With its vibrant palette and wave-like forms, Herbert Bayer’s Verdure seems to beckon visitors to enter the galleries. And at 20 feet wide by 6 feet tall, it’s undeniably the largest work in our latest special exhibition, The Bauhaus and Harvard.
Completed in 1950, Verdure was commissioned for the dining room at Harkness Commons, in the Harvard Graduate Center. That space—now known as the Caspersen Student Center at the Harvard Law School—was part of a greater vision. Bauhaus founder and Harvard architecture professor Walter Gropius worked with his firm The Architects Collaborative to “bring together modern architecture, design, and contemporary art in one space,” said Laura Muir, research curator for academic and public programs and curator of The Bauhaus and Harvard.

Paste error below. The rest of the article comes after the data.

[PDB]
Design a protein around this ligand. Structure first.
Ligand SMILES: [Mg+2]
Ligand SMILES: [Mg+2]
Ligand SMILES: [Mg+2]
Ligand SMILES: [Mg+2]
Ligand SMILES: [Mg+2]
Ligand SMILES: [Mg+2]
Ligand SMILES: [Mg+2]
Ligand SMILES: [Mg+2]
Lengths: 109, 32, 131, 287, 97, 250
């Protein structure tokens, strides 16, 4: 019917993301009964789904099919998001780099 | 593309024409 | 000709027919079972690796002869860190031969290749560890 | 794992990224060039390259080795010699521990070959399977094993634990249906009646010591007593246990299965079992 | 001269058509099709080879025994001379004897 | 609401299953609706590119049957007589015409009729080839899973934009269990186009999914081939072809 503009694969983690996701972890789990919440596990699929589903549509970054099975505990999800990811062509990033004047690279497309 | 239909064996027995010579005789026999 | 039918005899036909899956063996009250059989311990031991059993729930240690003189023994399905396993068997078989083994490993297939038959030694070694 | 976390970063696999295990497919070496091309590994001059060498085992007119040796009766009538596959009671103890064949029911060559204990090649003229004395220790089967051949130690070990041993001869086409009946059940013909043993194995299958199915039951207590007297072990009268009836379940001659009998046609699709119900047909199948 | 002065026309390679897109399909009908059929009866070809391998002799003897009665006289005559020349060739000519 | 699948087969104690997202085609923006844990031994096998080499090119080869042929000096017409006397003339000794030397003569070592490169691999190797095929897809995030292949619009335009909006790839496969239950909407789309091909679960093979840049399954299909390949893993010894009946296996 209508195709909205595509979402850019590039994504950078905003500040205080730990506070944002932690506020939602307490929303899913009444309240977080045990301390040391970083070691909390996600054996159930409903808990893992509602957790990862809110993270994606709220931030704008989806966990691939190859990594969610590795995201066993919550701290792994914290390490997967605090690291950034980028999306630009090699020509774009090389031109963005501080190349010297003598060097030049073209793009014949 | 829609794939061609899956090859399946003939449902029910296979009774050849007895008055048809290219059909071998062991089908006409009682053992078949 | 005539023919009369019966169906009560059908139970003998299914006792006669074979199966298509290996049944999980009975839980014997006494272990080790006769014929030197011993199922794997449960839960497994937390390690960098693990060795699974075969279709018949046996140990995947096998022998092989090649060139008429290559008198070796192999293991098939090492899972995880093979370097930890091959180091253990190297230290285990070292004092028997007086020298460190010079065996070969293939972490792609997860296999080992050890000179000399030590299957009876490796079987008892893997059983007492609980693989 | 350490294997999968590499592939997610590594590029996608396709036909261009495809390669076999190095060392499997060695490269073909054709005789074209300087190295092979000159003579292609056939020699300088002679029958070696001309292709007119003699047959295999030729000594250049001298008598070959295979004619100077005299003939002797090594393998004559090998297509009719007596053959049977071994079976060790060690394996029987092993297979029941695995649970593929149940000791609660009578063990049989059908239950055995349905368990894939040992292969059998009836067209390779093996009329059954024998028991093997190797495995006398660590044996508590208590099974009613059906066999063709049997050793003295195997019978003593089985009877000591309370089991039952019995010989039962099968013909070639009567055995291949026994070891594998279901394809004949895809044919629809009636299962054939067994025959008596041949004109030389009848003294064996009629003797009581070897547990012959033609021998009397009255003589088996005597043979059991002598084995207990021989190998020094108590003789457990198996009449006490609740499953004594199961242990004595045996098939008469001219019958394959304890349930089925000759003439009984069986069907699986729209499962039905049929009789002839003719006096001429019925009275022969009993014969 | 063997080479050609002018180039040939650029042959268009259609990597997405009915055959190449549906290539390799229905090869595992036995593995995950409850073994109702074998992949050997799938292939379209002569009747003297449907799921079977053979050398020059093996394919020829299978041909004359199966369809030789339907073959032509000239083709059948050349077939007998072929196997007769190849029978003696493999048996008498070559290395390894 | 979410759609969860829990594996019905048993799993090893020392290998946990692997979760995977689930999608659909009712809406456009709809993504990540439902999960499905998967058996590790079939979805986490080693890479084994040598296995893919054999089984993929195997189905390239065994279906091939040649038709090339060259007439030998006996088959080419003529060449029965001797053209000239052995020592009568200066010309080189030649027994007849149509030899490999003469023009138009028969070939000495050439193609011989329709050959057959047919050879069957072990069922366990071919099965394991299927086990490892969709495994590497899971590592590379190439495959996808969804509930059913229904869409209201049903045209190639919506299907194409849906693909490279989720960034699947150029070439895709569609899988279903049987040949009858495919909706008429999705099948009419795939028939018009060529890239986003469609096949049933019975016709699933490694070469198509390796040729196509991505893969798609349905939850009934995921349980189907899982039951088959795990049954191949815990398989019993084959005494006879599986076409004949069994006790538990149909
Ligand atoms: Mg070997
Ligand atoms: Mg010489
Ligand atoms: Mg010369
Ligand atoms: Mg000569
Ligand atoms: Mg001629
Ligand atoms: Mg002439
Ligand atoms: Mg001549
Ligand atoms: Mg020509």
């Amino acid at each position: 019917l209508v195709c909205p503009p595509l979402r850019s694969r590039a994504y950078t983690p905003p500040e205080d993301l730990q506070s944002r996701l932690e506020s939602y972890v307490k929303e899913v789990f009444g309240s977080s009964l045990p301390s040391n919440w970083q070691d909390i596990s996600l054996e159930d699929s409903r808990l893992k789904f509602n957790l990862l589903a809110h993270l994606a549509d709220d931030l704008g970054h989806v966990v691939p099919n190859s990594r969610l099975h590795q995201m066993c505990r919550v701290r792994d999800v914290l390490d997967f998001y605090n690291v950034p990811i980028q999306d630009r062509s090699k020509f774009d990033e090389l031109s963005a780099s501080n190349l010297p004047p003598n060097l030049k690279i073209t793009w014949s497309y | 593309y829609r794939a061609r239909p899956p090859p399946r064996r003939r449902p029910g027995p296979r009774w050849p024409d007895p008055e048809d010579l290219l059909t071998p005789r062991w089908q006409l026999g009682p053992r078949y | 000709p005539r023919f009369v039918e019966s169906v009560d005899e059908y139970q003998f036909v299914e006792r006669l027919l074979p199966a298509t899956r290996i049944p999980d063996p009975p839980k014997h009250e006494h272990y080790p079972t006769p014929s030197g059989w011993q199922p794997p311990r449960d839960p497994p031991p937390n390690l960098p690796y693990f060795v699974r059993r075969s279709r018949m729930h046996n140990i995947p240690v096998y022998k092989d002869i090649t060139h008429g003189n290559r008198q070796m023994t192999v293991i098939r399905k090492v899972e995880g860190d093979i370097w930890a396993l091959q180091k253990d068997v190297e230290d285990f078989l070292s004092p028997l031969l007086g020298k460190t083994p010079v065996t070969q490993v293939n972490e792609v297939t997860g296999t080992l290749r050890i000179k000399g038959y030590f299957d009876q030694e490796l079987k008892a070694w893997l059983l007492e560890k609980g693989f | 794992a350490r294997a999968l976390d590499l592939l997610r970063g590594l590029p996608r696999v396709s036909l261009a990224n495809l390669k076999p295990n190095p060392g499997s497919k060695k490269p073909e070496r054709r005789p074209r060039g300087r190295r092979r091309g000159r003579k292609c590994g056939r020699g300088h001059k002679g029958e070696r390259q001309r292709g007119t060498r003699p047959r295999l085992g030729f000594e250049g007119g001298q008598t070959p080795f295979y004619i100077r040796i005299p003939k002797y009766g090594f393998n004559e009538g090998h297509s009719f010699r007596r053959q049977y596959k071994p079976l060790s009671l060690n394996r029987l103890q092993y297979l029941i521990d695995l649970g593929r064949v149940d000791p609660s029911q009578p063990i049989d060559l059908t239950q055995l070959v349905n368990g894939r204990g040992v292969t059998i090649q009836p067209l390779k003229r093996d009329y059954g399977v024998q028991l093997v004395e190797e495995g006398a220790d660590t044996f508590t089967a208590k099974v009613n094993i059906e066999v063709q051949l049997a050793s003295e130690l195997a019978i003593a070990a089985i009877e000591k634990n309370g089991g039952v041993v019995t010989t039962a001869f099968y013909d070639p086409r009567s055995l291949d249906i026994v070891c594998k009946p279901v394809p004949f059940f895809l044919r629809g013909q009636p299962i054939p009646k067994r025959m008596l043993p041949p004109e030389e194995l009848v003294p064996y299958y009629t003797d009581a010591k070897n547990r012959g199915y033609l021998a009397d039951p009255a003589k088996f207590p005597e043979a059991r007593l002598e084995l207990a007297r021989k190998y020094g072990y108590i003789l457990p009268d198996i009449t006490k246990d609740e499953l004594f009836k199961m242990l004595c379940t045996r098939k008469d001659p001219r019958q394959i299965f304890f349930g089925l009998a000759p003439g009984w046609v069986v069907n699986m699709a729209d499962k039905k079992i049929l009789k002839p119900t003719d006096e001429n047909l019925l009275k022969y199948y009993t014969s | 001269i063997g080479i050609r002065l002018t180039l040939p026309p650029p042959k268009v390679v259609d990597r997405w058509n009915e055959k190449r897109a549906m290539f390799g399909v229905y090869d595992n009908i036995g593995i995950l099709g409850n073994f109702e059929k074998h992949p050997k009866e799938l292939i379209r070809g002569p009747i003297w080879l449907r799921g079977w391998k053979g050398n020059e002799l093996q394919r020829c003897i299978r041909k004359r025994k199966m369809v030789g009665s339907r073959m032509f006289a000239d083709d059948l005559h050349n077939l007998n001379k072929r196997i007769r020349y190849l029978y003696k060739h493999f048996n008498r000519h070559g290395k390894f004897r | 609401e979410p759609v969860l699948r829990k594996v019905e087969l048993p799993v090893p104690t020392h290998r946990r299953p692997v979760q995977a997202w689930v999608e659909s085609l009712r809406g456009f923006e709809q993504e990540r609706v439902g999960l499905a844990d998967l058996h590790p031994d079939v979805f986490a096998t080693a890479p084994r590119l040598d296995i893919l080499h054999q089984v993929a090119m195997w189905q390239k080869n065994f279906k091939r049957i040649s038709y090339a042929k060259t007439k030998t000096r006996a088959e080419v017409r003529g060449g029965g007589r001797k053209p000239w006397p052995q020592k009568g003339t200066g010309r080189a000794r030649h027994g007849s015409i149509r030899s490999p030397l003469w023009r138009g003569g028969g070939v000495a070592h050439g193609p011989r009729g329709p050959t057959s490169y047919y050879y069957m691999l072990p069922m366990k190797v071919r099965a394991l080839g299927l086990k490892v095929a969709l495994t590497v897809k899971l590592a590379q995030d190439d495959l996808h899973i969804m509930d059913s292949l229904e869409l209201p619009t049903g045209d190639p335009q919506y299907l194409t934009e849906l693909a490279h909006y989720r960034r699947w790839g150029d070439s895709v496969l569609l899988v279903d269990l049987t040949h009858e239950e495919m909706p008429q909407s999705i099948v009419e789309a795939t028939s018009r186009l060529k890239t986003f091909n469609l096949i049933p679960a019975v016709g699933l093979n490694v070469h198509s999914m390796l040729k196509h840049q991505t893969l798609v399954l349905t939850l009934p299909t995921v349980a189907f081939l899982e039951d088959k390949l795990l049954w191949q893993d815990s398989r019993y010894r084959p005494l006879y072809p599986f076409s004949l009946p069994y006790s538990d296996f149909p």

Verdure was just one of several works that served as a backdrop (literally) to student life at the graduate center over the second half of the 20th century. Joan Miró, Hans Arp, Josef Albers, and Richard Lippold also contributed notable works to the site, which was celebrated for being the first example of modern architecture built on Harvard’s historic campus.